Xavier Robertson is a 2020 Butler graduate with a music degree in jazz studies. Now back at Butler for a graduate degree in performance, Robertson acknowledged that he has seen how jazz is treated differently, such as when the adjunct faculty were laid off due to budget cuts resulting from COVID-19 financial losses. He also pointed out that unlike other music departments, the jazz program has more adjunct faculty instead of full-time professors.
“You might see some of those lasting impacts with the way that most of our — well, that all of our faculty, with the exception of Dr. Pivec — are adjunct,” Robertson said. “With the recent cuts due to the pandemic, with the adjunct faculty getting rid of, maybe there’s something there.”
Annie Brown, a senior jazz studies major, said she also took note of the disproportionate treatment of the jazz program due to the budget cuts.
“The entire jazz faculty is not here right now, which is pretty heartbreaking because I have experience in both the classical and the jazz departments, and I’ve really only seen things get added to the classical departments, like new equipment and things like that,” Brown said. “And I’ve only seen things taken away from the jazz department.”
Discussing the budget cuts, Pivec said that though the jazz department is made up of more adjunct faculty than full-time faculty, the budget cuts were not made to target or undermine the jazz program. He also said how despite the circumstances, if students need help, faculty members will not turn them away.
“We have, perhaps, more adjunct applied faculty in the jazz area than maybe other areas do, but I don’t feel like it impacted us disproportionately in that situation,” Pivec said. “Faculty, they’re committed to helping the students regardless of circumstances. It’s not like they’re gonna be turned away because of certain circumstances. I also think that the students, for the most part, they really recognize that their own development is their own responsibility.”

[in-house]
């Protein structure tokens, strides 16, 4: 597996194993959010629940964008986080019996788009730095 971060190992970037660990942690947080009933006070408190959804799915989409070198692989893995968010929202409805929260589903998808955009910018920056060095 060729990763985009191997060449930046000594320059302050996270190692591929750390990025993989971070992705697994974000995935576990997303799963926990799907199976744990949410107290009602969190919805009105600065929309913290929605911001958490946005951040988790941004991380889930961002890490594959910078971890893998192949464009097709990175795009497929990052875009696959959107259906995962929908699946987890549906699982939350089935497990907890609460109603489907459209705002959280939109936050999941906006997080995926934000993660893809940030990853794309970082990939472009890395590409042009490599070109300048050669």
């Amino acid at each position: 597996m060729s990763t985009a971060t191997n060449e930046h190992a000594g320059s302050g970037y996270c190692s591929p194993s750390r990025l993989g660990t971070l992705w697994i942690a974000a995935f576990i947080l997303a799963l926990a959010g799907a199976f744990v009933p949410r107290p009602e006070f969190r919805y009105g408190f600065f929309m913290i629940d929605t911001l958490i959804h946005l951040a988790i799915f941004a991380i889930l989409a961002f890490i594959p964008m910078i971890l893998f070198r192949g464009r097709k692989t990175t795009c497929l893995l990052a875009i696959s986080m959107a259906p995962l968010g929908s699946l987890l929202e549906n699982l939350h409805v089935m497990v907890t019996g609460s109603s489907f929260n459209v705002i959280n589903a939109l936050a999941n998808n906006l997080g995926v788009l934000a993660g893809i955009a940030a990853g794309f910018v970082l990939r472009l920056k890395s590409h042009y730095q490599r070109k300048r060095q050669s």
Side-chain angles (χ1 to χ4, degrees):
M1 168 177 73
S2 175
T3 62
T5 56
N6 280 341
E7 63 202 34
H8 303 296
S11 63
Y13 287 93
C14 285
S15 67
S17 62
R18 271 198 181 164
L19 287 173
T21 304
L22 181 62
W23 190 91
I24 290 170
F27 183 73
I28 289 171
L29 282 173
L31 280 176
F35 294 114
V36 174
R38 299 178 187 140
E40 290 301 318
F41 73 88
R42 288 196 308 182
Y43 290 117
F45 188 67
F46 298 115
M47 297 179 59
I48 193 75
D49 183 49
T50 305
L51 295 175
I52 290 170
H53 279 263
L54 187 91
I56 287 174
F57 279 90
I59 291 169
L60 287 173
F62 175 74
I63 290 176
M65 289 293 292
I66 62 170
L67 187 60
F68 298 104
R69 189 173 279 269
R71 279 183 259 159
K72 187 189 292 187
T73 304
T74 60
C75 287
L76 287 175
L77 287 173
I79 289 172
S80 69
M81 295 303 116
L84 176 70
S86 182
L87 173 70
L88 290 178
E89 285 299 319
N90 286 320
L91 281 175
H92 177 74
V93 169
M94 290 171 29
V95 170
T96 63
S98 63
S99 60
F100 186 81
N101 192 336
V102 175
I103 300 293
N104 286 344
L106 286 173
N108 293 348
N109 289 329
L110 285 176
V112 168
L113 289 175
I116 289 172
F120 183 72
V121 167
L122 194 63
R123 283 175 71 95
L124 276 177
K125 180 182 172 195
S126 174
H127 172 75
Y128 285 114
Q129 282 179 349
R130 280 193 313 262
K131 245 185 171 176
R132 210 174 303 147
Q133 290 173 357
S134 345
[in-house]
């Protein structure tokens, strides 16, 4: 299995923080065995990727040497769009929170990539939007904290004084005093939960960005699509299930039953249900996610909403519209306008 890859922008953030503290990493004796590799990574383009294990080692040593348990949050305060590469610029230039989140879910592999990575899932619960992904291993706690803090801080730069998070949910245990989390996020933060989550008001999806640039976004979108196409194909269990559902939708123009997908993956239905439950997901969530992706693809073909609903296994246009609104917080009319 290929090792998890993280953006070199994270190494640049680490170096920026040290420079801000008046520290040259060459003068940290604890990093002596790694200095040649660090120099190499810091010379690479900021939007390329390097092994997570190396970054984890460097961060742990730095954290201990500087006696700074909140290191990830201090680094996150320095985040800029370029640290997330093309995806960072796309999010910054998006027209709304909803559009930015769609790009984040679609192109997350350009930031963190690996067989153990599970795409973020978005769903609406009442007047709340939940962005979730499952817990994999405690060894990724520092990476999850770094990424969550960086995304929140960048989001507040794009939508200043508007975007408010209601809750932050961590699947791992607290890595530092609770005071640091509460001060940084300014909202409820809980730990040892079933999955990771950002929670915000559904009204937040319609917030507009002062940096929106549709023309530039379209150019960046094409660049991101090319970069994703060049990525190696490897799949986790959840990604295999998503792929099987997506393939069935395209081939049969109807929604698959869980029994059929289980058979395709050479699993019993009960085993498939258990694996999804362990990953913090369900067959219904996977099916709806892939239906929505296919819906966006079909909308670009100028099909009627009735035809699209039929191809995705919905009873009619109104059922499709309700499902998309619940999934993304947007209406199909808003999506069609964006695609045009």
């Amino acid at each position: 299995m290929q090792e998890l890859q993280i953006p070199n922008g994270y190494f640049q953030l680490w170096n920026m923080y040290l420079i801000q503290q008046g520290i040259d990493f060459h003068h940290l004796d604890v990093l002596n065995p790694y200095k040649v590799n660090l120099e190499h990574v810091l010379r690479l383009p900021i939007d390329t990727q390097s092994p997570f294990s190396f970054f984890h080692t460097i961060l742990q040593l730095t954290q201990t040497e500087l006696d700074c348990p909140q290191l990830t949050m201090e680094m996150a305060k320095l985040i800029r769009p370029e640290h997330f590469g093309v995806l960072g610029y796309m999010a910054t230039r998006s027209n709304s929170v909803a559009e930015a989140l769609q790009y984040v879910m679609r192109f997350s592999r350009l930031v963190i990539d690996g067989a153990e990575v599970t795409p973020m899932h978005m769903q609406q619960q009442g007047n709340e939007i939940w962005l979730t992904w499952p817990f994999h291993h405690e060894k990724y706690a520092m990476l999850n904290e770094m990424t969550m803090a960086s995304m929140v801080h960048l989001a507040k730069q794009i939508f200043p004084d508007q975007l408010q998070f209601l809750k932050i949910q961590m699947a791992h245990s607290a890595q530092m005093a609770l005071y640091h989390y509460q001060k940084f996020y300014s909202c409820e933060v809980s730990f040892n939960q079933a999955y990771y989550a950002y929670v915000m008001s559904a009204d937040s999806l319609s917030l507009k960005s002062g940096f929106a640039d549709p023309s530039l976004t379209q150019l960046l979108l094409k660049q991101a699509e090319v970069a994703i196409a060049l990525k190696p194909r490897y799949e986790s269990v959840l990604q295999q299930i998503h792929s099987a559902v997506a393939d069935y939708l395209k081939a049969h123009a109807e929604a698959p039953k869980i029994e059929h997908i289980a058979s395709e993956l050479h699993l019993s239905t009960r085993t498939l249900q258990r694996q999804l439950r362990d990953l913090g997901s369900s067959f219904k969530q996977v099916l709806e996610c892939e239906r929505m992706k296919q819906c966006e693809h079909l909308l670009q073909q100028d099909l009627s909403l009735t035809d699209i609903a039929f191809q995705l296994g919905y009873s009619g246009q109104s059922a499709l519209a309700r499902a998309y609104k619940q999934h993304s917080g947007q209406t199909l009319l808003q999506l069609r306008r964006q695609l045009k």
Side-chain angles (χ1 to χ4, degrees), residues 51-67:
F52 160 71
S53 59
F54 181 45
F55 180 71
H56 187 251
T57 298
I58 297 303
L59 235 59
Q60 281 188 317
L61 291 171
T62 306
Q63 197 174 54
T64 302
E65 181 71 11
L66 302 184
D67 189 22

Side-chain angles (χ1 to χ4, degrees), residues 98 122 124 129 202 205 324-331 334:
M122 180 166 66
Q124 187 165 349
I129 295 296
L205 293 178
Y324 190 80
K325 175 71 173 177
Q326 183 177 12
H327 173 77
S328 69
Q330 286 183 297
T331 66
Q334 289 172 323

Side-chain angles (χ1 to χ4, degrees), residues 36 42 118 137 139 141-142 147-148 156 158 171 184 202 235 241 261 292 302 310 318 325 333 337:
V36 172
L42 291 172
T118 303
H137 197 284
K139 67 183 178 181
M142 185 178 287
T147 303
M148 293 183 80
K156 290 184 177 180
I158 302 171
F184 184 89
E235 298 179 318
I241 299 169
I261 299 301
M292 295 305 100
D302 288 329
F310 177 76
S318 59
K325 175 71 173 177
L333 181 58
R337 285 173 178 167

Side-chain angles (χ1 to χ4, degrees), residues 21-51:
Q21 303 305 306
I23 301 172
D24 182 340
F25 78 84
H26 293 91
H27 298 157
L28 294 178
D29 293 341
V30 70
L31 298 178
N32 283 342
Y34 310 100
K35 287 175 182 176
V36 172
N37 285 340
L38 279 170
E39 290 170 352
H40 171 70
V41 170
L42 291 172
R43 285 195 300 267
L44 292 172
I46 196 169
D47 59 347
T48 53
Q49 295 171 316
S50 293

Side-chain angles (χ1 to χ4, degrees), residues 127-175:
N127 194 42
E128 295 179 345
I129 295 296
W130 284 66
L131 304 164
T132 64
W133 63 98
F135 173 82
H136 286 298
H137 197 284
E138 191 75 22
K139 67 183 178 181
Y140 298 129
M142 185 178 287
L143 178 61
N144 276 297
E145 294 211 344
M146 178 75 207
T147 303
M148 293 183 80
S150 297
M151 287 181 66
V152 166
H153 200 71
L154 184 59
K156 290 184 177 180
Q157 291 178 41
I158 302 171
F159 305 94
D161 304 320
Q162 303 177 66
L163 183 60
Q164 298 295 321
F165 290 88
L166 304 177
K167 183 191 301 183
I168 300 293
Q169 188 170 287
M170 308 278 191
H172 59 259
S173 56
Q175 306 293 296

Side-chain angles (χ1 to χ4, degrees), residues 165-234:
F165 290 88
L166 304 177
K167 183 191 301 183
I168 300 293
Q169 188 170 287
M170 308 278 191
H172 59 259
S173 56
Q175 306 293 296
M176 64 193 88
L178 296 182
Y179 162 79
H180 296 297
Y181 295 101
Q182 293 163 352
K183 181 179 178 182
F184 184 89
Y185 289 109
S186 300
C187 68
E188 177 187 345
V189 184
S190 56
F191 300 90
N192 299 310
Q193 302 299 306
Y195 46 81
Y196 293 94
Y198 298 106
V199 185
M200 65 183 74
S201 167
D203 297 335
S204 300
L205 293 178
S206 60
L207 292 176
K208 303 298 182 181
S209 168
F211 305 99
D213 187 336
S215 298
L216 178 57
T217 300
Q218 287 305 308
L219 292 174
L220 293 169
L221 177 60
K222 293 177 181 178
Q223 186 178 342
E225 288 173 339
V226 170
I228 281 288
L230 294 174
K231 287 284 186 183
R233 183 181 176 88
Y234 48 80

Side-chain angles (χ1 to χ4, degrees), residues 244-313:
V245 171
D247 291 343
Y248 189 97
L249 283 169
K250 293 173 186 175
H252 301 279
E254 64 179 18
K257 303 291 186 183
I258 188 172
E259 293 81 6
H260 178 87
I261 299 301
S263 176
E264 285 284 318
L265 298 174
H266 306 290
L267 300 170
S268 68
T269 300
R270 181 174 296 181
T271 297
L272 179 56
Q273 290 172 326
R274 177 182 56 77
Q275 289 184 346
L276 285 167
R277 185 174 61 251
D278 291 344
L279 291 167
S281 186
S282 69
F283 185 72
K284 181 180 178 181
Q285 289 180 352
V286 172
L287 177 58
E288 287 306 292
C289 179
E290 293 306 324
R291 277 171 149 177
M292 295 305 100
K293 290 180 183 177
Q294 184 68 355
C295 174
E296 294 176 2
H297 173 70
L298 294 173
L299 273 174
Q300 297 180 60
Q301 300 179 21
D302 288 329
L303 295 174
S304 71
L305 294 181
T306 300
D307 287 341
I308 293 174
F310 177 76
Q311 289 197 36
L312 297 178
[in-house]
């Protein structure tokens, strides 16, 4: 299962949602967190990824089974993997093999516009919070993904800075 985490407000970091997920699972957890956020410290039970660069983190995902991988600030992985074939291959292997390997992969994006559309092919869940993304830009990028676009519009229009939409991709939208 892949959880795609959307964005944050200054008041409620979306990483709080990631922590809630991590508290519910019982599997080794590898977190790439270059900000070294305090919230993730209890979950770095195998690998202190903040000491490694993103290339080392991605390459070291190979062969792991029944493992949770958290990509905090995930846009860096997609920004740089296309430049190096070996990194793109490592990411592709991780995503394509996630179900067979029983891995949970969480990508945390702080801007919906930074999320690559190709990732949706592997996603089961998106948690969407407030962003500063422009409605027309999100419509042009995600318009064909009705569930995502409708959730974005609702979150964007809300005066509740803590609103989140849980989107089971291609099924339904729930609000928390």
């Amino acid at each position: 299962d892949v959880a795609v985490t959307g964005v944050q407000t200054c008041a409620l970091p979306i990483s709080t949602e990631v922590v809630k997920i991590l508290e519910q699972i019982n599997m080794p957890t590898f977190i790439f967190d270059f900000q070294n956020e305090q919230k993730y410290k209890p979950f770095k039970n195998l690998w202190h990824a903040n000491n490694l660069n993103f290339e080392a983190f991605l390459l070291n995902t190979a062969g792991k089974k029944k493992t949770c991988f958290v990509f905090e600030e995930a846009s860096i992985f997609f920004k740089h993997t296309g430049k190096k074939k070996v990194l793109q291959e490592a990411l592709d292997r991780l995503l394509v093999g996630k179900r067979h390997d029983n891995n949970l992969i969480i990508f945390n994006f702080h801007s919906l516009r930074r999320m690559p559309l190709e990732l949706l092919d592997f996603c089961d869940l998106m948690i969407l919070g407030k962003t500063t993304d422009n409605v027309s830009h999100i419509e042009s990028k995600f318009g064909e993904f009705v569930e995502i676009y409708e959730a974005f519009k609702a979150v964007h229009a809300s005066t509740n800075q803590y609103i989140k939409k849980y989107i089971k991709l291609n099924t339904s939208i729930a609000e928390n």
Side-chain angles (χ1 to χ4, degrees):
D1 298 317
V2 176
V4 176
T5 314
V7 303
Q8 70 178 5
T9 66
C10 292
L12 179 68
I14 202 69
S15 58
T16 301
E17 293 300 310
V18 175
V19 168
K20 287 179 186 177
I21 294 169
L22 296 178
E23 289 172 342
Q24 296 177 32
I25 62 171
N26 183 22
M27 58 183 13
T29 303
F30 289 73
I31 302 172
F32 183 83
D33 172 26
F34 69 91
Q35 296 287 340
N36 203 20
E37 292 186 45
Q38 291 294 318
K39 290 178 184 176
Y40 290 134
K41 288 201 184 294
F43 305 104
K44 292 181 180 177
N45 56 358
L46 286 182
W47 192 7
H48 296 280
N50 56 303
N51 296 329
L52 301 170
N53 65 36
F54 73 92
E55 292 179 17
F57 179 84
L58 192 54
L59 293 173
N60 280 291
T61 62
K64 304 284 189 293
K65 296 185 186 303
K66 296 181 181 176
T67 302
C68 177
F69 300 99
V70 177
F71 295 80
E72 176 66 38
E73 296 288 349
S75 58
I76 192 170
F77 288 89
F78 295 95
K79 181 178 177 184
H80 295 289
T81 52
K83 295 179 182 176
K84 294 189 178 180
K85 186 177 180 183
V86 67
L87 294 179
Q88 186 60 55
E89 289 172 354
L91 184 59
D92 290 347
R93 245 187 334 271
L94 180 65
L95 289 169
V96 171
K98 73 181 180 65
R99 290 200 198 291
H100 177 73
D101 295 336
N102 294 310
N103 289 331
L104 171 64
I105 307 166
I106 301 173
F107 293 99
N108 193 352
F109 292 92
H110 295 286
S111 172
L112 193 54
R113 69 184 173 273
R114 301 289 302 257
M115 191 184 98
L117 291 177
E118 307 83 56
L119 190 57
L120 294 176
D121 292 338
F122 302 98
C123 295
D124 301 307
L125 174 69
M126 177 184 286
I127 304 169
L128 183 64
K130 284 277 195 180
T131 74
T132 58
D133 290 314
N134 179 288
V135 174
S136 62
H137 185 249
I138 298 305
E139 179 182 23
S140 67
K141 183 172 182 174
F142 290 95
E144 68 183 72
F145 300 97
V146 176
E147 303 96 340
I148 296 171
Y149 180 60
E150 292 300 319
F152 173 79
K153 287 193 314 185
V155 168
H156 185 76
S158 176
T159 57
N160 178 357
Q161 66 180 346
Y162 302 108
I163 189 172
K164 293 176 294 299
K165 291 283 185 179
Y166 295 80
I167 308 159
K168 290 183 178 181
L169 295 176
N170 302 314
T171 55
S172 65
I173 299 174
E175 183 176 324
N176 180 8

Due to COVID-19, many arts departments have faced struggles and challenges to continue creating art and having their work recognized on campus. Pivec said that due to the style’s relationship with 20th-century historical events, jazz’s relevance to today’s times can ensure the program’s permanence on campus.
“There’s a particular importance of jazz because of its relationship to current events, not [just] current events in particular, although that’s true, but historical events in our country,” Pivec said. “Particularly [due to] 20th-century historical events and particular events where there has been a lot of racial inequities that have happened throughout the years [show that jazz is] really important because of its relationship to historical events.”
When discussing ways to ensure the jazz program’s place at Butler, Robertson said that hiring more full-time faculty, as opposed to adjunct professors, could help strengthen the program.
“I think that would go a long way, having set professors here for a while to help build the program, and it would help this program become more enticing for incoming students.”
Brown said intention and more discussions concerning implicit biases could help ensure jazz’s place in the music program.
“Even if these resources that certain departments are receiving and certain departments aren’t, even if that’s not entirely intentional and not explicitly racist, we have to consider the lasting effects of that and the implicit bias, and the prejudices that are lingering under the surface that people may not be aware of,” Brown said. “I think if we were more intentional about that, the world would be a better place and students wouldn’t be feeling as bad as they’re feeling now about the situation.”
Despite losses from COVID-19, Pivec said that the best thing the jazz program, and all programs at Butler, can do now is learn from past experiences and do their best to ignite positive changes such as increasing visibility for musical styles other than Western classical music and providing opportunities for learning about other cultures. While Butler can not change its history, it is capable of improving its future.
“Just like any area at Butler, we’re trying to do all we can to learn from those incidents that happen, many years in the past, and not forget them but to use that as a catalyst for continued change and growth,” Pivec said.